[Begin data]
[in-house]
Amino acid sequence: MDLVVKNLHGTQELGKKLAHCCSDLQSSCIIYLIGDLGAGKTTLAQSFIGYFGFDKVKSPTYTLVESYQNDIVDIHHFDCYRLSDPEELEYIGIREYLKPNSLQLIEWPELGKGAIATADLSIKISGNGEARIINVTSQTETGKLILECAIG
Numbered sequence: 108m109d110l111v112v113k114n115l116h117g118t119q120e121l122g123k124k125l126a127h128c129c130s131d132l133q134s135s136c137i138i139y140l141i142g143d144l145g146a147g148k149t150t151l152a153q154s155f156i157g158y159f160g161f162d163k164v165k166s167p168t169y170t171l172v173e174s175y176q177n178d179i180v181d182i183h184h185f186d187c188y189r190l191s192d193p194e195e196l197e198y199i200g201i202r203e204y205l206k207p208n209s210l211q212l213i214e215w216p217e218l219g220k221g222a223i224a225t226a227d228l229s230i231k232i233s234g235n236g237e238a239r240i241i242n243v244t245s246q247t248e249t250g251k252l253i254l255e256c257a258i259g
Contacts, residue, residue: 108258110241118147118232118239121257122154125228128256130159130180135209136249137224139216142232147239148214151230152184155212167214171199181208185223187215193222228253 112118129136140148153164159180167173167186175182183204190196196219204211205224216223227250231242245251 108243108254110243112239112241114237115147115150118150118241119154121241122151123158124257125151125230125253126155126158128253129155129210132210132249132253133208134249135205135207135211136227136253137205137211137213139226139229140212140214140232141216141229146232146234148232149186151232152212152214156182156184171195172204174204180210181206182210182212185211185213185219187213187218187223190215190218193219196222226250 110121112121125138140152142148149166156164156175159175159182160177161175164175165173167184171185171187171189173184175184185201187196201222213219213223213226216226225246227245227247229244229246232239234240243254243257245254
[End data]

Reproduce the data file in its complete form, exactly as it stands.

[in-house]
Amino acid sequence: MDLVVKNLHGTQELGKKLAHCCSDLQSSCIIYLIGDLGAGKTTLAQSFIGYFGFDKVKSPTYTLVESYQNDIVDIHHFDCYRLSDPEELEYIGIREYLKPNSLQLIEWPELGKGAIATADLSIKISGNGEARIINVTSQTETGKLILECAIG
Numbered sequence: 108m109d110l111v112v113k114n115l116h117g118t119q120e121l122g123k124k125l126a127h128c129c130s131d132l133q134s135s136c137i138i139y140l141i142g143d144l145g146a147g148k149t150t151l152a153q154s155f156i157g158y159f160g161f162d163k164v165k166s167p168t169y170t171l172v173e174s175y176q177n178d179i180v181d182i183h184h185f186d187c188y189r190l191s192d193p194e195e196l197e198y199i200g201i202r203e204y205l206k207p208n209s210l211q212l213i214e215w216p217e218l219g220k221g222a223i224a225t226a227d228l229s230i231k232i233s234g235n236g237e238a239r240i241i242n243v244t245s246q247t248e249t250g251k252l253i254l255e256c257a258i259g
Contacts, residue, residue: 108258110241118147118232118239121257122154125228128256130159130180135209136249137224139216142232147239148214151230152184155212167214171199181208185223187215193222228253 112118129136140148153164159180167173167186175182183204190196196219204211205224216223227250231242245251 108243108254110243112239112241114237115147115150118150118241119154121241122151123158124257125151125230125253126155126158128253129155129210132210132249132253133208134249135205135207135211136227136253137205137211137213139226139229140212140214140232141216141229146232146234148232149186151232152212152214156182156184171195172204174204180210181206182210182212185211185213185219187213187218187223190215190218193219196222226250 110121112121125138140152142148149166156164156175159175159182160177161175164175165173167184171185171187171189173184175184185201187196201222213219213223213226216226225246227245227247229244229246232239234240243254243257245254